A total of 626 posts were initially figured out through the literature search that the five databases. Moreover, with our hands-on search, one additional original article was identified and also determined to accomplish the eligibility criteria. Duplicated articles (n=318), articles that were no original write-ups published in English (n=125), and also those that were published prior to January 2001 (n=13) were then removed. The summary of the continuing to be 170 write-ups were screened to identify studies that reported the to know of symptom clusters competent by a team of breast cancer patients. The exemption of 139 short articles reporting research studies that did no fulfil this criterion left a complete of 32 research studies for consist of in this review. The consists of this 32 researches was confirmed by a 2nd author. Every one of the included studies attained a reporting high quality score the at the very least 11 (a portion score that 61%), and therefore none of the studies was to exclude, on the communication of short reporting high quality (Table2). Percentage commitment of the reporting high quality assessment ratings was 91%, where arguments in ratings between the 2 authors affiliated in the conduction of an important appraisal were solved through discussion. Figure1 gives the preferred Reporting item for systematic Reviews and Meta-Analyses (PRISMA) flow diagram that presents the outcomes of the literature search.


TABLE 2. The outcomes of the top quality assessment the the included studies
Author/year items 1 items 2 items 3 item 4 item 5 items 6 article 7 article 8 item 9 items 10 item 11 article 12 items 13 article 14 quality score (% score)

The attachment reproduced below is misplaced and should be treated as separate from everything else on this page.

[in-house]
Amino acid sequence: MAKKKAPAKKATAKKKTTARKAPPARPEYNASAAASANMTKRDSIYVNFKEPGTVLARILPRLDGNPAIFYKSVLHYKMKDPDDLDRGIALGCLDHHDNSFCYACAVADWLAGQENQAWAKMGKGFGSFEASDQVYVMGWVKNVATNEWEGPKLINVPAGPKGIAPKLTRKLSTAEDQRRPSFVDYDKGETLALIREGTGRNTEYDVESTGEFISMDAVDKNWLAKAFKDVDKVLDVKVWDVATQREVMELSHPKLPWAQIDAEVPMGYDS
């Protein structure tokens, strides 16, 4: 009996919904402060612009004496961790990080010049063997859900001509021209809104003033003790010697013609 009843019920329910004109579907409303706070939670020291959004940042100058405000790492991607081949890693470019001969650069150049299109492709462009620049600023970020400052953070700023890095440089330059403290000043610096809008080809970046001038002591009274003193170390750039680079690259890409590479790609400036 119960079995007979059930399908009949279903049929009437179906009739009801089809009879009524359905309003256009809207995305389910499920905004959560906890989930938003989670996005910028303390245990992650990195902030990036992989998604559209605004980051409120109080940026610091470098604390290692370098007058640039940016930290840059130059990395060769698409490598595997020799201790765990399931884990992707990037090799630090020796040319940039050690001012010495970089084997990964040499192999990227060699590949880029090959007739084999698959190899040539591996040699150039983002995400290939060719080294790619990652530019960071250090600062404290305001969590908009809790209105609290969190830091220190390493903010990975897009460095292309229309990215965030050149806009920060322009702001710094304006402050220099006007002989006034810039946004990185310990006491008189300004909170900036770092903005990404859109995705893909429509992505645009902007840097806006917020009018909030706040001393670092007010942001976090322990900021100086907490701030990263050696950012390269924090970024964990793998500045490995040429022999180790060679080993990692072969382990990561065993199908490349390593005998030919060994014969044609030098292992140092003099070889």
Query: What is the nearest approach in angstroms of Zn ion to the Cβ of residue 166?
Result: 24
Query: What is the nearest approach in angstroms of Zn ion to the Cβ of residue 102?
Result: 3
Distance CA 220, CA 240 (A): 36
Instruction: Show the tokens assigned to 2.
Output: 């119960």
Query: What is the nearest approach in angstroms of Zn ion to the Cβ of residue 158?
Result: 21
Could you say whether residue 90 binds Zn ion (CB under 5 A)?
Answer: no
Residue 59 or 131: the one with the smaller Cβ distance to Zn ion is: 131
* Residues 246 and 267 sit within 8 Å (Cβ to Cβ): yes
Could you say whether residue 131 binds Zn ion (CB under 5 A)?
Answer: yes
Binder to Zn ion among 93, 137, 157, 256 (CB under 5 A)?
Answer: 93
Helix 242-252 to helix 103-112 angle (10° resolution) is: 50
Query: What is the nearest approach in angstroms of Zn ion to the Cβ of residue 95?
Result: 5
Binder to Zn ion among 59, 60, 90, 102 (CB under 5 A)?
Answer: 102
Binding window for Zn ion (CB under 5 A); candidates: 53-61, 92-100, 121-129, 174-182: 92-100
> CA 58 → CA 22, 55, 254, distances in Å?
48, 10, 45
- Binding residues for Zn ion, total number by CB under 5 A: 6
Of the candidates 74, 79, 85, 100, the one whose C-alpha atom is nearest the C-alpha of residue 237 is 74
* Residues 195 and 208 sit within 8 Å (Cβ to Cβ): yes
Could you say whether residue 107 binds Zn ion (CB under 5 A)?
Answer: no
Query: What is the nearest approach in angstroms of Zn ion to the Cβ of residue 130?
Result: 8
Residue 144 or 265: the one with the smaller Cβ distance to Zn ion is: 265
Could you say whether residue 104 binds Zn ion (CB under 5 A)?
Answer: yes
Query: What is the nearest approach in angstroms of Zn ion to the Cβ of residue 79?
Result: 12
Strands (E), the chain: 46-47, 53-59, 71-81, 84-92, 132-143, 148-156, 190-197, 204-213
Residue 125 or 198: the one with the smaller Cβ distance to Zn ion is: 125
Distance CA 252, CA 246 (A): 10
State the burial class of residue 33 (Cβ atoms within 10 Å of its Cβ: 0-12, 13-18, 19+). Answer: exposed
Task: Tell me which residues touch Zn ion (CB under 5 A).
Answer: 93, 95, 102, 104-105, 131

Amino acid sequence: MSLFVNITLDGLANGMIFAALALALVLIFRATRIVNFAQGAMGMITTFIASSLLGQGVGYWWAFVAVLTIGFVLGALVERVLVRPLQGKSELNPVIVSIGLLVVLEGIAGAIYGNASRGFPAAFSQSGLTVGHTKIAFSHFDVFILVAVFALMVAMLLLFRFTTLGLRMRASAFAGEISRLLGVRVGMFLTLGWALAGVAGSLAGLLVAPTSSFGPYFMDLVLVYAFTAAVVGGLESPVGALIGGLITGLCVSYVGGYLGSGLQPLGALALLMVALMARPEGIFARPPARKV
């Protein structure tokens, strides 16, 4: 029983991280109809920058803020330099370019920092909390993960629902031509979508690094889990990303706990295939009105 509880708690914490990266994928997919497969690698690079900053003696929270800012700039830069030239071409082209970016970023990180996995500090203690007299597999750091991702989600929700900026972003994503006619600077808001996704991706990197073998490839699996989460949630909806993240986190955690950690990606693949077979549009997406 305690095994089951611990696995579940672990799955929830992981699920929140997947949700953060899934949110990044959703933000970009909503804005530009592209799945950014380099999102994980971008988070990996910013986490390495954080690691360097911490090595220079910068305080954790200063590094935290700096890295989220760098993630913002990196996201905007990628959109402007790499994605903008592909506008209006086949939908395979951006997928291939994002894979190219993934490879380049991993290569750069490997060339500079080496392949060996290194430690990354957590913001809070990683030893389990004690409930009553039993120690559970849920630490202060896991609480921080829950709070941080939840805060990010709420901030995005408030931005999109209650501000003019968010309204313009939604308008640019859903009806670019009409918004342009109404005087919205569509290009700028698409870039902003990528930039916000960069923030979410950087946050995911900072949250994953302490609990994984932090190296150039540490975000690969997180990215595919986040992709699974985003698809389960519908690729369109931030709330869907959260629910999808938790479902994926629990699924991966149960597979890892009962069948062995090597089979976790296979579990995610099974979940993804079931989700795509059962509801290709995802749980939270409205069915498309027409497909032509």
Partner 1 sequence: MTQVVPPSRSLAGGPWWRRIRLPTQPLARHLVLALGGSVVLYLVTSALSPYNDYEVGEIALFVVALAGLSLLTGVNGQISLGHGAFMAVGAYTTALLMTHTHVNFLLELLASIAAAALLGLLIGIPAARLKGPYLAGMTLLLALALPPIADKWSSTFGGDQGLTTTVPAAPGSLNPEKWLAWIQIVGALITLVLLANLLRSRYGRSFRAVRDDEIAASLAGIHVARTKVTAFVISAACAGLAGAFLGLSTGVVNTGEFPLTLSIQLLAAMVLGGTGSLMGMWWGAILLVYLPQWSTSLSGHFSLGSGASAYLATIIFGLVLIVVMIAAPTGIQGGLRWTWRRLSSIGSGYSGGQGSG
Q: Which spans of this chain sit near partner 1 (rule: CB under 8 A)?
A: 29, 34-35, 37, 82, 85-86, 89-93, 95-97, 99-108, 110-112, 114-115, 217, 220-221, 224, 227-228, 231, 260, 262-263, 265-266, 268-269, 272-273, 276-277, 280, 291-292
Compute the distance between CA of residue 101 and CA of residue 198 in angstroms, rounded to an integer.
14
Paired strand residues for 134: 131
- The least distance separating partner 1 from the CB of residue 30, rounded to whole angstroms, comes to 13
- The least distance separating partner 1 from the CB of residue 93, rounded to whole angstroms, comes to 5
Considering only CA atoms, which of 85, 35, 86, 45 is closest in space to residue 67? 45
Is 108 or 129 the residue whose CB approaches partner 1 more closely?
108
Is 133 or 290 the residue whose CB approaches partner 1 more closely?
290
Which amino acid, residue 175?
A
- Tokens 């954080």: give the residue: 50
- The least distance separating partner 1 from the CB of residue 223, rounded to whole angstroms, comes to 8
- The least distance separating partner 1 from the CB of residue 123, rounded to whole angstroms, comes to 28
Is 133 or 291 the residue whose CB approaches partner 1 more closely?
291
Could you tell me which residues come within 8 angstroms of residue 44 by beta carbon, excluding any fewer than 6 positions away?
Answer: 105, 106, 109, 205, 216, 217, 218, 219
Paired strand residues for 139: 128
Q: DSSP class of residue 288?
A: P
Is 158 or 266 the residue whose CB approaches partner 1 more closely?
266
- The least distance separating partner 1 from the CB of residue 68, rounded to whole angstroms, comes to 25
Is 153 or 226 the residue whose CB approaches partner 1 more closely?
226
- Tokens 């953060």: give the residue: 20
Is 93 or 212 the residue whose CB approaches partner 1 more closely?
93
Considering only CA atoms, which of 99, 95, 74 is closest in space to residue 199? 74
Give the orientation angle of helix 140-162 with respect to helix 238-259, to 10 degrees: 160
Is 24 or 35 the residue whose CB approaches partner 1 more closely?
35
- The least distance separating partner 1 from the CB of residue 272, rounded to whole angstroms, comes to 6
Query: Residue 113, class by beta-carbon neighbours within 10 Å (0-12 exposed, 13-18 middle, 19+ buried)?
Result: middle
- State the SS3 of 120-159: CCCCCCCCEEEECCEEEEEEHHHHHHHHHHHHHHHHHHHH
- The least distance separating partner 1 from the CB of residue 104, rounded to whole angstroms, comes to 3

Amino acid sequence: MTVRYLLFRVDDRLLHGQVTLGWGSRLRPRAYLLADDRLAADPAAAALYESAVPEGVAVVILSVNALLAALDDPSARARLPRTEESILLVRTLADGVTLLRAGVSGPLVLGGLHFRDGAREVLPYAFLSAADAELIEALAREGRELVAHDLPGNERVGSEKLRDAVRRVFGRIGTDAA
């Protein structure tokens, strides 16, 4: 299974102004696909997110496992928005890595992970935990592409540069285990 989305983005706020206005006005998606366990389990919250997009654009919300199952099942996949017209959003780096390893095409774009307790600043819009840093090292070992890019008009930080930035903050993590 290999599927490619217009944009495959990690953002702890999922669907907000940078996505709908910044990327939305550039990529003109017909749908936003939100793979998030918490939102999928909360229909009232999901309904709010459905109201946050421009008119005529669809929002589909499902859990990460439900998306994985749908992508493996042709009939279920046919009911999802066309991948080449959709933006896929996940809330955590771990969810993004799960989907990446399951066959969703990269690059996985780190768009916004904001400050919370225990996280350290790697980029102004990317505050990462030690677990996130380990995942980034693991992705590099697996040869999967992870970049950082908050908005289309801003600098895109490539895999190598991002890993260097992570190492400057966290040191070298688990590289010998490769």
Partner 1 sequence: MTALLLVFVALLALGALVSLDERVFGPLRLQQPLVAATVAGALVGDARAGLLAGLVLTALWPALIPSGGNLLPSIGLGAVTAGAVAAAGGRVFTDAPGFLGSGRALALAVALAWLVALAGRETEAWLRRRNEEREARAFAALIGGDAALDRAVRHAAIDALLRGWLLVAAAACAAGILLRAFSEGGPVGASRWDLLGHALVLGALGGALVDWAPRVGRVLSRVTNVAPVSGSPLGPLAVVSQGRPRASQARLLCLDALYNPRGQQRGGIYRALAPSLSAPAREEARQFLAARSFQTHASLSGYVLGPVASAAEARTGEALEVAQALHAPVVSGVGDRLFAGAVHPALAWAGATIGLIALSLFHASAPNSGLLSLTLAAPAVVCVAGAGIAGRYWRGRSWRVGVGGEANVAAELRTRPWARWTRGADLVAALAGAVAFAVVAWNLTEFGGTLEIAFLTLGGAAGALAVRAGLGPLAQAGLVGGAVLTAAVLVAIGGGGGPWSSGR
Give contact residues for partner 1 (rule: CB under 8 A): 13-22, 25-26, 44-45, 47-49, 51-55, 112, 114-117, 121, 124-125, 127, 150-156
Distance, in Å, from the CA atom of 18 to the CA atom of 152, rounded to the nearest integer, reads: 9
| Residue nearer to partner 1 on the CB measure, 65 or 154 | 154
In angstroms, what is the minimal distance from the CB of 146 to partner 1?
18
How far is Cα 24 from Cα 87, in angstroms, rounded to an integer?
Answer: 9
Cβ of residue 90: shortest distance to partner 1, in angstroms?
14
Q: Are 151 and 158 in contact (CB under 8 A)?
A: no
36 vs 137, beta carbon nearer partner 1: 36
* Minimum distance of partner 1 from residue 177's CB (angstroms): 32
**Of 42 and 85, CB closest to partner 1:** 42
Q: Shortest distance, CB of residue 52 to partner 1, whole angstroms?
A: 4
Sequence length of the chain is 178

Albusoul et al. (2017) 2 2 1 2 NA NA NA 2 NA 2 2 NA 2 2 17 (94%)
Alkathiri and Albothi (2015) 2 2 1 2 NA NA NA 1 NA 1 2 NA 1 1 13 (72%)
Bender et al. (2005) 2 1 0 2 NA NA NA 2 NA 2 0 NA 1 1 11 (61%)
Berger et al. (2018) 2 2 1 2 NA NA NA 2 NA 2 2 NA 2 2 17 (94%)
Bower et al. (2011) 2 0 1 2 NA NA NA 2 NA 2 2 2 2 2 17 (85%)
Browall et al. (2017) 2 0 1 2 NA NA NA 2 NA 2 0 NA 1 1 11 (61%)
Chongkham-ang et al. (2018) 2 2 1 2 NA NA NA 2 NA 2 2 NA 2 2 17 (94%)
Chow et al. (2019) 2 1 0 2 NA NA NA 2 NA 2 2 NA 2 0 13 (72%)
Evangelista and also Santos (2012) 2 1 2 2 NA NA NA 2 NA 2 0 NA 2 2 15 (83%)
Fu et al. (2009) 2 0 2 2 NA NA NA 1 NA 2 2 NA 2 2 15 (83%)
Glaus et al. (2006) 2 2 1 2 NA NA NA 2 NA 2 2 2 2 2 19 (95%)
Hsu et al. (2017) 2 2 2 2 NA NA NA 2 NA 2 2 0 2 1 17 (85%)
Kenne Sarenmalm et al. (2014) 2 2 2 2 NA NA NA 2 NA 2 2 NA 2 2 18 (100%)
Khan et al. (2018) 1 1 1 2 NA NA NA 1 NA 2 1 NA 1 2 12 (67%)
Kim et al. (2008) 2 2 2 2 NA NA NA 2 NA 2 2 NA 2 2 18 (100%)
Lengacher et al. (2012) 2 2 1 2 1 0 0 2 1 2 2 1 2 2 20 (71%)
Li et al. (2019) 2 2 1 2 NA NA NA 2 NA 2 2 NA 2 2 17 (94%)
Li et al. (2020) 2 2 1 2 NA NA NA 2 NA 2 2 NA 2 2 17 (94%)
Marshall et al. (2016) 2 2 1 2 NA NA NA 1 NA 2 0 NA 2 2 14 (78%)
Matthews et al. (2012) 2 2 1 2 NA NA NA 1 NA 2 2 NA 2 2 16 (89%)
Mazor et al. (2018) 2 2 1 2 NA NA NA 2 NA 2 2 NA 2 2 17 (94%)
Nho et al. (2018) 2 2 1 2 NA NA NA 2 NA 2 2 NA 2 2 17 (94%)
Phligbua et al. (2013) 2 2 1 2 NA NA NA 2 NA 2 2 NA 2 2 17 (94%)
Reich et al. (2017) 2 2 1 2 1 0 0 2 2 2 2 2 2 2 22 (79%)